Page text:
April 12, 2007
HUD SETTLES CASES AGAINST NEW MEXICO BUILDER AND FLORIDA TITLE COMPANY FOR PAYING KICKBACKS FOR REFERRALS
Fidelity Title and Longford Homes agree to pay nearly $90,000
WASHINGTON - The Department of Housing and Urban Development today announced two settlement agreements with a New Mexico builder and a Florida title insurance company for violations of the Real Estate Settlement Procedures Act (RESPA). HUD alleged that Fidelity National Title Insurance Company and Longford Homes of New Mexico, Inc. were engaged in a business arrangement that violated RESPA's anti-kickback and referral fee provisions.
HUD initiated its investigation of settlement service practices in Albuquerque, New Mexico to determine whether Fidelity's marketing arrangement with Longford Homes violated RESPA. HUD concluded that Fidelity provided pre-paid "just sold" and "just listed" postcards and listing agreements to real estate agents at no- or below-cost.
In addition, HUD found that Fidelity essentially provided Longford with a $25,000 annual line of credit in exchange for the referral of settlement service business. That fund enabled Longford to obtain store gift certificates, event tickets and dinners for Longford employees and real estate agents.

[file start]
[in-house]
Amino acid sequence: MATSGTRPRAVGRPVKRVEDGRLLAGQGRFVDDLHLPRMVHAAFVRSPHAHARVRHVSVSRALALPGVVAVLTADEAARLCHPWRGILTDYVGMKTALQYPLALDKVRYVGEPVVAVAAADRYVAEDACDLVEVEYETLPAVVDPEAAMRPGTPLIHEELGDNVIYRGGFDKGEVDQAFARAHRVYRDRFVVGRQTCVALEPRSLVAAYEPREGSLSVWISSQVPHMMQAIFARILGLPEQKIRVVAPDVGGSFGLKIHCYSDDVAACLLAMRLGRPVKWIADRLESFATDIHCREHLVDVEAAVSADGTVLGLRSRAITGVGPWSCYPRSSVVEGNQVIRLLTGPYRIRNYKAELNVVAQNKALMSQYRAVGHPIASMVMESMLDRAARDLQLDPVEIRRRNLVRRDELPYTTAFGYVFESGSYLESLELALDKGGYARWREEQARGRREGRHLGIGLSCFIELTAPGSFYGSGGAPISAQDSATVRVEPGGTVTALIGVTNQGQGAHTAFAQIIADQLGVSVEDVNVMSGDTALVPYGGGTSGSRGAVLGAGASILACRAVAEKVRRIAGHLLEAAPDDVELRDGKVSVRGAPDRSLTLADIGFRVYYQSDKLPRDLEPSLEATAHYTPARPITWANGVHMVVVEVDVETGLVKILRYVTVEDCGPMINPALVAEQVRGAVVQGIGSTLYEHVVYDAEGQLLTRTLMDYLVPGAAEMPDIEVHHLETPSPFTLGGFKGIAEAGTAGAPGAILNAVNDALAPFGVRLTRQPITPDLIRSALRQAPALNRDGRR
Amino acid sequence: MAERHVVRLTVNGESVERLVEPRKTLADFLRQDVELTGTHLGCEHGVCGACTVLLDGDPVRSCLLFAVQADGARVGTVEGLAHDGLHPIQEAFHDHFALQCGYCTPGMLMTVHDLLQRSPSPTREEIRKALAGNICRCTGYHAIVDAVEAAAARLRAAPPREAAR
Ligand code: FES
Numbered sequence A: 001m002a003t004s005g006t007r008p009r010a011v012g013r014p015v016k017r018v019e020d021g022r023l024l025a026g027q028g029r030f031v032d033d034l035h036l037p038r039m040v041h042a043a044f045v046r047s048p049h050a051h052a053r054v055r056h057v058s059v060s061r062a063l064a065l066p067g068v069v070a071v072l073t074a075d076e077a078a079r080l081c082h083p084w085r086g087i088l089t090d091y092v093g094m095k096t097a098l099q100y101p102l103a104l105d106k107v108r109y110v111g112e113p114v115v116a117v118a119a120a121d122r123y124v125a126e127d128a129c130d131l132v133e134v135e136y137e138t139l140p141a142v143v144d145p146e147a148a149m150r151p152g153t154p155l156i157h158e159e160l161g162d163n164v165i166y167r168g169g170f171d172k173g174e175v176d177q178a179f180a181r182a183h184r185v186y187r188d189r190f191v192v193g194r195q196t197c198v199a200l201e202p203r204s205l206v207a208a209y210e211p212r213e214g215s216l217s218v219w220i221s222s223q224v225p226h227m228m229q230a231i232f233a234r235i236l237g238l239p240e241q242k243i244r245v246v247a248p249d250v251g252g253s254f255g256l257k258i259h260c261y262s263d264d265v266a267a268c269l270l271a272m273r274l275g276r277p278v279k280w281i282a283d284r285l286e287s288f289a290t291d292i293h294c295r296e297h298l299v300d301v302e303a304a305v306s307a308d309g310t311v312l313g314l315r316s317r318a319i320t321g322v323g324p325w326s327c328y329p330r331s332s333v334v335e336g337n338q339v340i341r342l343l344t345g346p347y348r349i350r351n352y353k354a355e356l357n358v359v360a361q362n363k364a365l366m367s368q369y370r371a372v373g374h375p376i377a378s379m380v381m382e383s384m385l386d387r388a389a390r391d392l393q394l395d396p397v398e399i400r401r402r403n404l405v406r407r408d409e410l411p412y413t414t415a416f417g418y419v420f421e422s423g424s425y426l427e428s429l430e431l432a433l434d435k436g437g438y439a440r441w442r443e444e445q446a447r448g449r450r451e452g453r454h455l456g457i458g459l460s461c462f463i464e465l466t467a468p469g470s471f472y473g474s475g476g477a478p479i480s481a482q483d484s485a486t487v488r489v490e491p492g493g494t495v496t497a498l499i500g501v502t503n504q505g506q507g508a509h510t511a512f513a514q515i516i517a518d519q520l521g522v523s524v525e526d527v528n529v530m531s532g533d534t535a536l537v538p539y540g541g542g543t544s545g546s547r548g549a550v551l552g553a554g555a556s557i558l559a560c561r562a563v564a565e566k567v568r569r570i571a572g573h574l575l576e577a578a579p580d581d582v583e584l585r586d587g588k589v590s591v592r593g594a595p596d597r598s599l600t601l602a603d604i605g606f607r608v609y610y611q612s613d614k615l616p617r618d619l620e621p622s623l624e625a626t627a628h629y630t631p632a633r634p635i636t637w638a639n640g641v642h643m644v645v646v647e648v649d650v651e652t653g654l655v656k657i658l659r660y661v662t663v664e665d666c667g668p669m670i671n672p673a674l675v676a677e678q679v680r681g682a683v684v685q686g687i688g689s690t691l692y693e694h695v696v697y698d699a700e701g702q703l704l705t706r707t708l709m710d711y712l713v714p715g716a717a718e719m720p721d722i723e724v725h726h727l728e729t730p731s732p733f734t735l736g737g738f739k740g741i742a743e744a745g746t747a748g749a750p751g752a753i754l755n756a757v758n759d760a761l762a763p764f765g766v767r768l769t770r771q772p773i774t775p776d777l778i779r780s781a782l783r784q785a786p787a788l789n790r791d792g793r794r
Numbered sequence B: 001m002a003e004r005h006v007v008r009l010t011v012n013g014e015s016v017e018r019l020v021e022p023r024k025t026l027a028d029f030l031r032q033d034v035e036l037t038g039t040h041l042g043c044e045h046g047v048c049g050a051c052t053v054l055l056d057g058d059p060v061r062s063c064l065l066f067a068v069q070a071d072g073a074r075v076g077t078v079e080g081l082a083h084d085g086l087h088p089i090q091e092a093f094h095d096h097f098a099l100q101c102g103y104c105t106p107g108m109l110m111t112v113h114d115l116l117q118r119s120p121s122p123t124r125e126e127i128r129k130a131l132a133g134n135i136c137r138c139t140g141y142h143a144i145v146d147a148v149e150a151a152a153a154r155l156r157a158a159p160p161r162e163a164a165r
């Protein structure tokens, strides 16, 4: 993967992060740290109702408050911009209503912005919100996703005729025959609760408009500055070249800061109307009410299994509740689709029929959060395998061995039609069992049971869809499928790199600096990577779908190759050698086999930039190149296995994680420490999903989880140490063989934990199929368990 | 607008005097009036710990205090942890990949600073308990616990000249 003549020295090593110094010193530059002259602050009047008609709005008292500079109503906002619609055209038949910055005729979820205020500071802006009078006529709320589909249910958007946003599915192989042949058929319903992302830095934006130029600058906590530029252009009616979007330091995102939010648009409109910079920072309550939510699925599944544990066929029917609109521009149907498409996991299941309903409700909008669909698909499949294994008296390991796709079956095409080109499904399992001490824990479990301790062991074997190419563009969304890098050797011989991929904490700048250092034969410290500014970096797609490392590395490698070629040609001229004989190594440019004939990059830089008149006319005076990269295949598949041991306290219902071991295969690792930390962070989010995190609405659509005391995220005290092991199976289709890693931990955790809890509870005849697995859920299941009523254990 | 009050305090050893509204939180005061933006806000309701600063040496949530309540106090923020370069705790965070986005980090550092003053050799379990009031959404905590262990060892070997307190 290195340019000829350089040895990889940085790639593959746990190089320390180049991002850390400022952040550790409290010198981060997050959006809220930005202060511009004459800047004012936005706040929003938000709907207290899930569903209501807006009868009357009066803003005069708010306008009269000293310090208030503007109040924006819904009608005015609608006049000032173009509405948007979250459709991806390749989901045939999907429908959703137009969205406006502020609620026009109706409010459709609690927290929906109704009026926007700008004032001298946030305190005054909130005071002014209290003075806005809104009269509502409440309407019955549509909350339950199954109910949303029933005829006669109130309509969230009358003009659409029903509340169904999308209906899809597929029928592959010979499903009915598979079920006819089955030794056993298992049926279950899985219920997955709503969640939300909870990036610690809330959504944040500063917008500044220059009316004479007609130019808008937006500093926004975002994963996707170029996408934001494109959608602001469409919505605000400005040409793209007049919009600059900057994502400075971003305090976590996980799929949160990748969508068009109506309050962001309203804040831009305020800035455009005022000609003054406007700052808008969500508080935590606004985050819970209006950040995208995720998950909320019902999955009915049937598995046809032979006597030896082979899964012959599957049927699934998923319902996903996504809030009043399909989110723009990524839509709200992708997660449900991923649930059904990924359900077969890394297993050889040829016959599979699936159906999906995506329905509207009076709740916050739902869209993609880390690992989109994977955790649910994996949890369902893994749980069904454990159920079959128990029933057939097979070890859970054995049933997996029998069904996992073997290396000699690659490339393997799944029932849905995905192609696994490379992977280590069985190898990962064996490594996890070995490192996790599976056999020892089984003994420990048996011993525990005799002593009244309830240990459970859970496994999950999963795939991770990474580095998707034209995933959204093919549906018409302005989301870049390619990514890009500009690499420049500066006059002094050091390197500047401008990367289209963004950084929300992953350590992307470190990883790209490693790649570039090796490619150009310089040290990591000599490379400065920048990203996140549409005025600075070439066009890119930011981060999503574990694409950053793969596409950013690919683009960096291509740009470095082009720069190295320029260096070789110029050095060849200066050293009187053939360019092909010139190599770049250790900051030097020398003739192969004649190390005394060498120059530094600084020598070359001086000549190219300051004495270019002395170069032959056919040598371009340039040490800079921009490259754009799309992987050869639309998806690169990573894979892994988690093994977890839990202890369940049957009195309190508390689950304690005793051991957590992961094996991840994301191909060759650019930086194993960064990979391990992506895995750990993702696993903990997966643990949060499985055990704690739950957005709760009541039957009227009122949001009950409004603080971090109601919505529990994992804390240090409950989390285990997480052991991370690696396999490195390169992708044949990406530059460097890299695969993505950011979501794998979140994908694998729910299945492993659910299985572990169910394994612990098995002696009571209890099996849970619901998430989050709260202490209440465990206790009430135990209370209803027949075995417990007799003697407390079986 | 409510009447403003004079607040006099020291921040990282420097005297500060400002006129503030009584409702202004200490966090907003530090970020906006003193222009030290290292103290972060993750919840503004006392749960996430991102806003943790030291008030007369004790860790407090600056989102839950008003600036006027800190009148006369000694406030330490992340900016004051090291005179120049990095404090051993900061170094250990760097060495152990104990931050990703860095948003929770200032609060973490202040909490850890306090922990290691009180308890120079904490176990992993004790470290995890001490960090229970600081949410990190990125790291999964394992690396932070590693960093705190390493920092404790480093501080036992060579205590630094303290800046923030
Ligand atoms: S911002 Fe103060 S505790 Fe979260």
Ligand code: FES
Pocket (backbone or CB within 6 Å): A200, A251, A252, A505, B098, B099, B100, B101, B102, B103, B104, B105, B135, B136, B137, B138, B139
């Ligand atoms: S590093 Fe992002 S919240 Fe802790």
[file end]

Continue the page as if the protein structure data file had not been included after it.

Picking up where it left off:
RESPA was enacted in 1974 to provide consumers advance disclosures of settlement charges and to prohibit illegal kickbacks and excessive fees in the homebuying process. RESPA specifically prohibits a person from giving or accepting anything of value in exchange for the referral of settlement service business.
"Kickbacks and referral fees hurt consumers by artificially driving up the cost of buying a home," said Brian Montgomery, HUD's Assistant Secretary for Housing-Federal Housing Commissioner. "The law clearly prohibits the giving or taking of anything of value in exchange for the referral of settlement service business."
As a result of the agreements announced today, Fidelity agreed to pay $68,635 and Longford Homes agreed to pay $20,700 to the U.S. Treasury and to cease the conduct that HUD complained of.
Meanwhile, investigations in the Albuquerque market are continuing. To read the full text of the settlement agreements announced today, visit HUD's website.